Indonesian Rupiah

The many facets of the Indonesian Rupiah

Display of diversity on 75000 Rupiah Banknote, 2020

The very idea of Indonesia as a single nation is simply outrageous; 17000+ Islands, 700+ languages, 1300+ ethic identities, and a whole galaxy of differences and conflicts. Indonesia, however celebrates this diversity; it has adopted an Old Javanese phrase “Bhinneka Tunggal Ika” as its motto that literally means “Unity in Diversity.” Spread over a vast geographical area – over 5000 kilometers in East-West and 1700 kilometers in North-South direction – the archipelago, lavishly littered with mountains and volcanos comprises of some of the most spectacular tropical landscapes, vibrantly abuzz with a range of flora and fauna making it a global diversity hotspot. Colonial imprints have failed to penetrate deep into the Island nation that got its independence from the Dutch in 1949 CE. During its colonial rule, the Dutch circulated banknotes in “Guldens” before the Japanese attack and subsequent occupation. Japanese Government printed their own version of local banknotes in Guldens. Independence was proclaimed by 1945 and first Indonesia Rupiah was issued in 1945; by 1949, Indonesia shrugged off its colonial past completely and a new era of freedom heralded with issue of a new currency.

Colonial Gulden Banknote, 1908
Representation of local culture in Gulden Banknotes, 1937
Gulden Banknote issued by Japan Government

Indonesian Rupiah was not merely a new currency but a whole new identity for the Indonesians. This new identity called for a novel thought process. If the old Gulden banknotes represented an outsider’s view, the newly designed Rupiah offered an intimate peep into the real Indonesia. With designs celebrating Indonesia’s unmatched Anthropological, Cultural and Natural diversity, Rupiah Banknotes became an important platform for showcasing the varied landscapes, flora and fauna, aviary, monuments of importance, eminent personalities and life and times of ordinary people. The initial banknotes were simple, mostly decorated with geometrical line drawings. They were printed plainly with monotone color on flat paper. During this time, Banknotes were also issued in denominations of “Sen” (1 Rupiah = 100 Sen) however afterwards because of uncontrolled inflation the Rupiah itself has been renamed and revalued many times.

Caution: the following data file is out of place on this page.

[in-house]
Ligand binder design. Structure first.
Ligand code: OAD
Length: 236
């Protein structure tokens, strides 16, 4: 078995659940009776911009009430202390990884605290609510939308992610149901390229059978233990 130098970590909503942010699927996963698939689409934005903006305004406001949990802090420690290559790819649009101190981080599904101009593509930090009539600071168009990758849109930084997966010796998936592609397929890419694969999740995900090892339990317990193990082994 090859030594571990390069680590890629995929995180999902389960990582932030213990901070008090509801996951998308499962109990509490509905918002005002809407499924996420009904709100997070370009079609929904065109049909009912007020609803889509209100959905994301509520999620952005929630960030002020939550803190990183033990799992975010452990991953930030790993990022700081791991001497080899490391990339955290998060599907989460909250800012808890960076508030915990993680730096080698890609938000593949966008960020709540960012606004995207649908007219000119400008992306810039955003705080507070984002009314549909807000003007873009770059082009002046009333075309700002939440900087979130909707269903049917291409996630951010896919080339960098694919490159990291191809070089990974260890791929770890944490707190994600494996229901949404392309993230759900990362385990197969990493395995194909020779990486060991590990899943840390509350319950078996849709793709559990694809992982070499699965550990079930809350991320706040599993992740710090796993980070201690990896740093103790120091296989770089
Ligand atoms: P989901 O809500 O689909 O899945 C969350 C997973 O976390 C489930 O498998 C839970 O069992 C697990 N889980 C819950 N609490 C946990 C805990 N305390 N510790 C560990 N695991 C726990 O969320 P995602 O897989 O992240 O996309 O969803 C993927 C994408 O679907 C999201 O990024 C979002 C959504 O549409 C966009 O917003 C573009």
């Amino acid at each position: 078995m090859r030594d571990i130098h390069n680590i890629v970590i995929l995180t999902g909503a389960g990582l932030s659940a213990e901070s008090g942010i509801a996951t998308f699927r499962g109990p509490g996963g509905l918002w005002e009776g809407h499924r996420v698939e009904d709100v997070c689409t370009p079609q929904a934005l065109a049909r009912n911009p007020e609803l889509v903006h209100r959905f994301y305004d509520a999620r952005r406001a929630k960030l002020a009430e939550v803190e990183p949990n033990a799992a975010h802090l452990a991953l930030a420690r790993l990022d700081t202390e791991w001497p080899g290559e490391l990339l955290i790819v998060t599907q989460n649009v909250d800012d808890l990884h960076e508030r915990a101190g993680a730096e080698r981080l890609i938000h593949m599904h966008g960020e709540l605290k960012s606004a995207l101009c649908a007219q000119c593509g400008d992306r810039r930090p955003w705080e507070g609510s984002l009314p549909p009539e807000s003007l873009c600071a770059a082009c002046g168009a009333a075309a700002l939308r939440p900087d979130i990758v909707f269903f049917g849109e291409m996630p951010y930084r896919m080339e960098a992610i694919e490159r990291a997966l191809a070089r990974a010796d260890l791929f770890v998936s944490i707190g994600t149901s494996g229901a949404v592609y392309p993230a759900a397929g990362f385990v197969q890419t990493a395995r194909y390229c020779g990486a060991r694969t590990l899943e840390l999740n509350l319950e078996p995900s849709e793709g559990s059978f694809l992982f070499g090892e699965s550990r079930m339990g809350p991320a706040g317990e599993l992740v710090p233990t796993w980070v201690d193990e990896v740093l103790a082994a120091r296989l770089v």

Second Republik Indonesia Series, 1947
1952 Series on Indonesian Culture – Kalpataru
1952 Series on Indonesian Culture – Hindu Deity
1952 Series on Indonesian Culture – Wood Carving
1957 – Sumatran Tiger Thomas De La Rue

Main Features | The visually pleasing banknotes are divided aesthetically along vertical and horizontal lines. On the front, we find (i) Numerals for denominations in two sizes at diagonally opposite corners (ii) Texts for Denomination in words, Issuing Authority – Bank Indonesia or Negara Kesatuan Republik Indonesia (Literally meaning The Unitary State of the Republic of Indonesia), and designation of two signatories (iii) Images – One dominating personality in lower denominations and Two or more in higher denomination banknotes. Garuda Pancasila, the national emblem of Indonesia sits prominently amongst a host of other graphic elements including the Bank Indonesia Logo. On the back, the theme is mostly centered around the Indonesian Culture – People their life and pastimes. Numerals are used for denomination at two diagonally opposite corners and Serial Number at the remaining two corners. Texts include Bank Indonesia and two small lines in local language before the banknote denomination in words:

Dengan rahmat tuhan yang esa, negara kesatuan republik Indonesia, Mengeluarkan Rupiah sebagai alat pembayaran yang sah dengan nilai

With the grace of one God, the unitary state of the republic of Indonesia … Issuing Rupiah as a legal tender with a value of

Images are seen in two sets (i) Leading Image usually one and at times two (ii) Supporting images could range between 3-5 in number suitably scaled and merged with the main image. Tessellating backgrounds have been added to enhance the visual appeal and richness of the banknotes. Printed by Perum Peruri in vibrant polychromatic colors, the Indonesian Rupiahs have successfully portrayed the diversified yet all-inclusive idea of Indonesian nationhood.